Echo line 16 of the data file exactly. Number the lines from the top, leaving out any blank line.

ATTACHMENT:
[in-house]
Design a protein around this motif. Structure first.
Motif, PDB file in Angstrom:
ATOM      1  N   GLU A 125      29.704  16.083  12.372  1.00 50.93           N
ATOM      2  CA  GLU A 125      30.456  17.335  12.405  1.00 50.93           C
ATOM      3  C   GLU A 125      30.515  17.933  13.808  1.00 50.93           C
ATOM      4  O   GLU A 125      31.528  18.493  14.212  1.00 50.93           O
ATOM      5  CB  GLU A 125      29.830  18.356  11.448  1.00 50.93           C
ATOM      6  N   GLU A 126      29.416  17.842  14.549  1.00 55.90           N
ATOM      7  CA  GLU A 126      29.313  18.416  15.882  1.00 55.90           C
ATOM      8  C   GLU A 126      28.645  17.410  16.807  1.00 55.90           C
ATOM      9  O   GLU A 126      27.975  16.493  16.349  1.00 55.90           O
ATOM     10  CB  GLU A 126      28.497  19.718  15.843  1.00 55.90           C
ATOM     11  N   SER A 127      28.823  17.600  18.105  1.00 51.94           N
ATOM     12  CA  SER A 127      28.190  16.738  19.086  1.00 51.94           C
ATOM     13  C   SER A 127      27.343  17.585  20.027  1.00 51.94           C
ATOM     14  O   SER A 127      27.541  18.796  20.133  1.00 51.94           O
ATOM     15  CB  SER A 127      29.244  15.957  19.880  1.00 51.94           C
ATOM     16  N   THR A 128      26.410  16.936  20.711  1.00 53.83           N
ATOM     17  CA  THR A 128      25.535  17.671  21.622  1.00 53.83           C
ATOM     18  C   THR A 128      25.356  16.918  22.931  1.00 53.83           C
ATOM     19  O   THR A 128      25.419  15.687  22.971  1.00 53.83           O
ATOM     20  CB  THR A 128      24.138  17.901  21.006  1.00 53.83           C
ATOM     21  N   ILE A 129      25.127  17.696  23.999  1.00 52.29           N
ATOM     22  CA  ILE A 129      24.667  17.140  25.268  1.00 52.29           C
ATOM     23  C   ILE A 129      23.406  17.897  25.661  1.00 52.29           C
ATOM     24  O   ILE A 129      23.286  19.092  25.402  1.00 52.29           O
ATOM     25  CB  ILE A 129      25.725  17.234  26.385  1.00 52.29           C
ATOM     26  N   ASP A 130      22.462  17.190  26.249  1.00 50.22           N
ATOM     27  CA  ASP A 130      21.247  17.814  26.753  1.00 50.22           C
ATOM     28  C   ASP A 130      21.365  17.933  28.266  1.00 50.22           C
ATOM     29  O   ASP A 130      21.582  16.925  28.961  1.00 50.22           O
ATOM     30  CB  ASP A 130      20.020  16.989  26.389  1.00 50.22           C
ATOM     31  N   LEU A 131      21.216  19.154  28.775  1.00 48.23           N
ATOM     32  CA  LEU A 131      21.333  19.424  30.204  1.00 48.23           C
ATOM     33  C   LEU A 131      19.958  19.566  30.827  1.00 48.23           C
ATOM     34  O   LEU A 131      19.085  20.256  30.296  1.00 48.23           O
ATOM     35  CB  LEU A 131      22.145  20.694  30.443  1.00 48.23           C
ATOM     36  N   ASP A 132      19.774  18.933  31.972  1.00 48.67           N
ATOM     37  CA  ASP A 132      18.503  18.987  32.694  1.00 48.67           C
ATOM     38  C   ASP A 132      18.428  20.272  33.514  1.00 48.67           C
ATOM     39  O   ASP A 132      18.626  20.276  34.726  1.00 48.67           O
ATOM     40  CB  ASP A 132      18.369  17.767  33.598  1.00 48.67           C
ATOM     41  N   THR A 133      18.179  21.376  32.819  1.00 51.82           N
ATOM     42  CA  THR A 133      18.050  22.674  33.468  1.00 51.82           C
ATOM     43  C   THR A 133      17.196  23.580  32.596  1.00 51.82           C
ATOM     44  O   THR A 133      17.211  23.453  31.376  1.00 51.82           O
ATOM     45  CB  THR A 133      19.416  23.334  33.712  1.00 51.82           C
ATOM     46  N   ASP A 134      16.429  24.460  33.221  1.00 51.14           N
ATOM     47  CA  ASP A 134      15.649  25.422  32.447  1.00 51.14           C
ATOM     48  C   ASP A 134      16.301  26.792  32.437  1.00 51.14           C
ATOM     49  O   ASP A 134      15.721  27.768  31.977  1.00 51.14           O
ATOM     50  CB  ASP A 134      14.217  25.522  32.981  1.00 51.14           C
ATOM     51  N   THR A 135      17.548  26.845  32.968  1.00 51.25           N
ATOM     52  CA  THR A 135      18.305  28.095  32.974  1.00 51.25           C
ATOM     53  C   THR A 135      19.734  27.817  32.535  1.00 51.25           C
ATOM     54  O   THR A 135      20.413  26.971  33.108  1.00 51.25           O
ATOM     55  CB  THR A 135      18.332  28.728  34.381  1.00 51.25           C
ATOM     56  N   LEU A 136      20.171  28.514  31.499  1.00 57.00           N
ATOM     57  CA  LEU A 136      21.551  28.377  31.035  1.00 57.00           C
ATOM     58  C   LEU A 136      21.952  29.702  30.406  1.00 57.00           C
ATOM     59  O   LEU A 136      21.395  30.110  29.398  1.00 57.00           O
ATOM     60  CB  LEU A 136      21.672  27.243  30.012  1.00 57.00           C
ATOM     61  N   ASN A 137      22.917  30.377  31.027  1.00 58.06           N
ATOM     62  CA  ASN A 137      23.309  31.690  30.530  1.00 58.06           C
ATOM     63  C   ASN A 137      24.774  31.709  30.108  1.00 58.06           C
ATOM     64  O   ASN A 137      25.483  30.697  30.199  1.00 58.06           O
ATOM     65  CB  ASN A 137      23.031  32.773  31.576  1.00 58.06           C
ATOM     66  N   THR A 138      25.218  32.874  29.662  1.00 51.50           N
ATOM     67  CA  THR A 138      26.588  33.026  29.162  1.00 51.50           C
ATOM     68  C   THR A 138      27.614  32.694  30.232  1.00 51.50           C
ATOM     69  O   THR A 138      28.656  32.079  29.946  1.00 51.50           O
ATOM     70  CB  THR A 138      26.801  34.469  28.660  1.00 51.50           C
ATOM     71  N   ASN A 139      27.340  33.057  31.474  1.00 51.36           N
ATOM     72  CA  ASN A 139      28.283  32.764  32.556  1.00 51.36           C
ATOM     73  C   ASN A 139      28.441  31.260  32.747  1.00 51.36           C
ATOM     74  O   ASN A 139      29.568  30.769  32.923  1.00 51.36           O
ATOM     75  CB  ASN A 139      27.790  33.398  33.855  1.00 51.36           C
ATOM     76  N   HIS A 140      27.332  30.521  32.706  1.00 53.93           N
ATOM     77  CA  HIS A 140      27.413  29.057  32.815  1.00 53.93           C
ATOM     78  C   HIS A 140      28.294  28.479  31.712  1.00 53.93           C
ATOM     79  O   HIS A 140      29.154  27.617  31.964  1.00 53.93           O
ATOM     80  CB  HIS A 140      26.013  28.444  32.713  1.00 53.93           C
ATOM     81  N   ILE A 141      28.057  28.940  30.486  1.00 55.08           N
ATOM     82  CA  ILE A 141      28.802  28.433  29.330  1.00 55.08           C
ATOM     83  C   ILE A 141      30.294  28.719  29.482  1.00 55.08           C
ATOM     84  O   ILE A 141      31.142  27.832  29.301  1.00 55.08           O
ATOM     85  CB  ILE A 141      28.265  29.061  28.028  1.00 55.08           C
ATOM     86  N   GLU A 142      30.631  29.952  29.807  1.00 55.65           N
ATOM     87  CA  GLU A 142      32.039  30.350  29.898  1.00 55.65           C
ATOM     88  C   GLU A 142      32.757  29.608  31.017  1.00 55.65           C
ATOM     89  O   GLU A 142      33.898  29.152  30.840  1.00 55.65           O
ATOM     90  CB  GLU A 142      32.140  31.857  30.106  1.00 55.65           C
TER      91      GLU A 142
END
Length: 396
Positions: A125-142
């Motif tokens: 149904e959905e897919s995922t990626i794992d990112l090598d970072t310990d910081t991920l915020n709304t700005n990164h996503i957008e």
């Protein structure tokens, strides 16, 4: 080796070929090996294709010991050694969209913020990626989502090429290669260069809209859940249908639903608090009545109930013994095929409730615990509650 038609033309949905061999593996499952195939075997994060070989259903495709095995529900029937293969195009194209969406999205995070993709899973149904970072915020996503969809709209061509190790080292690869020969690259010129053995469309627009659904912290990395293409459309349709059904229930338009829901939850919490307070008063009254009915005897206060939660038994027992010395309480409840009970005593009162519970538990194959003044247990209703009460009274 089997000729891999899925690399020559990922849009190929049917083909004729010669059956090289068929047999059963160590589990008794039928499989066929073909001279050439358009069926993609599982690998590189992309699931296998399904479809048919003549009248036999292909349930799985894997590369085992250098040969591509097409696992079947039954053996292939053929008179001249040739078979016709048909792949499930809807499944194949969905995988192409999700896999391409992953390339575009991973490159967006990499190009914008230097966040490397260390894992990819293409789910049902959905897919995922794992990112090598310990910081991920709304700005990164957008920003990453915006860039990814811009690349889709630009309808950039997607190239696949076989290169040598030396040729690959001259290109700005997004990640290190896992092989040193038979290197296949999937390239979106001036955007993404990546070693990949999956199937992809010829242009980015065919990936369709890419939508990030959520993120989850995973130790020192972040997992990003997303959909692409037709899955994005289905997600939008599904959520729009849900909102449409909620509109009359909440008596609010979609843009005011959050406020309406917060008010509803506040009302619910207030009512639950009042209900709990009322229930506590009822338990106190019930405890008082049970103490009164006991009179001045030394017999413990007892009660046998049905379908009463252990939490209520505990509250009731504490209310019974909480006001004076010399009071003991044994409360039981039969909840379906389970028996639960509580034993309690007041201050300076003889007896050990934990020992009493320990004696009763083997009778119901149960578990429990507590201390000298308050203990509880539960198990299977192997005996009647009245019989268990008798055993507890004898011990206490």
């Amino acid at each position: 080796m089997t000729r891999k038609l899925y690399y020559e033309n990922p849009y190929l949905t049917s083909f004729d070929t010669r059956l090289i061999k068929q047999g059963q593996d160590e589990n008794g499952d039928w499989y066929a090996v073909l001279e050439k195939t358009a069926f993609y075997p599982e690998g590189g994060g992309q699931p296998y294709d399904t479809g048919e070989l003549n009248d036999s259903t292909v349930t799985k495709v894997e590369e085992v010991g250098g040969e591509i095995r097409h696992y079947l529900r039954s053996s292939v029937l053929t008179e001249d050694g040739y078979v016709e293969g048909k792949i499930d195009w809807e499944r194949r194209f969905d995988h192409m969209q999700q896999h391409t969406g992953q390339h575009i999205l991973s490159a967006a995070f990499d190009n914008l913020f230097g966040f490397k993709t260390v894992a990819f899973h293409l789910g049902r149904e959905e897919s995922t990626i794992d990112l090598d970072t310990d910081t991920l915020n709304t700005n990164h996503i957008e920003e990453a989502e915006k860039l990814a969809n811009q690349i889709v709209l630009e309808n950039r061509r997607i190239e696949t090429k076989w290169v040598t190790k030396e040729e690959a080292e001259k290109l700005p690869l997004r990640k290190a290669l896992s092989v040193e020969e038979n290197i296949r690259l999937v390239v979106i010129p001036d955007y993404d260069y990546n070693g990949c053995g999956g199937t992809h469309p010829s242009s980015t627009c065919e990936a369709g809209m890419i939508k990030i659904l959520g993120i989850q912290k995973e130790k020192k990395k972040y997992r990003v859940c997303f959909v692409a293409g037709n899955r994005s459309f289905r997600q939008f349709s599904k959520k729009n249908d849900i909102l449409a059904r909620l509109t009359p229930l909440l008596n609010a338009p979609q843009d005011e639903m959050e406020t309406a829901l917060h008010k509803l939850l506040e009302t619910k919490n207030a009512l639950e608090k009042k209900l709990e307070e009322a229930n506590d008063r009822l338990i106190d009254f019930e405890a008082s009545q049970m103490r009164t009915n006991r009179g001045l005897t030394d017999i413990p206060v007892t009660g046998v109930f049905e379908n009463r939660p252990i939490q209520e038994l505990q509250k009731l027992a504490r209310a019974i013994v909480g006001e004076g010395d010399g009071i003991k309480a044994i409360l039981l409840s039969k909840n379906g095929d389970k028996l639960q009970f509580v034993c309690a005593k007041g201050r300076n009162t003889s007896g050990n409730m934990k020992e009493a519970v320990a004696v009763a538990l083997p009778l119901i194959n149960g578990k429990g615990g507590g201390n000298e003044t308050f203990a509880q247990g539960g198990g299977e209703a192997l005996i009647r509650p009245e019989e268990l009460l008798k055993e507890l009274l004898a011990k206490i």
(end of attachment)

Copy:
ATOM     13  C   SER A 127      27.343  17.585  20.027  1.00 51.94           C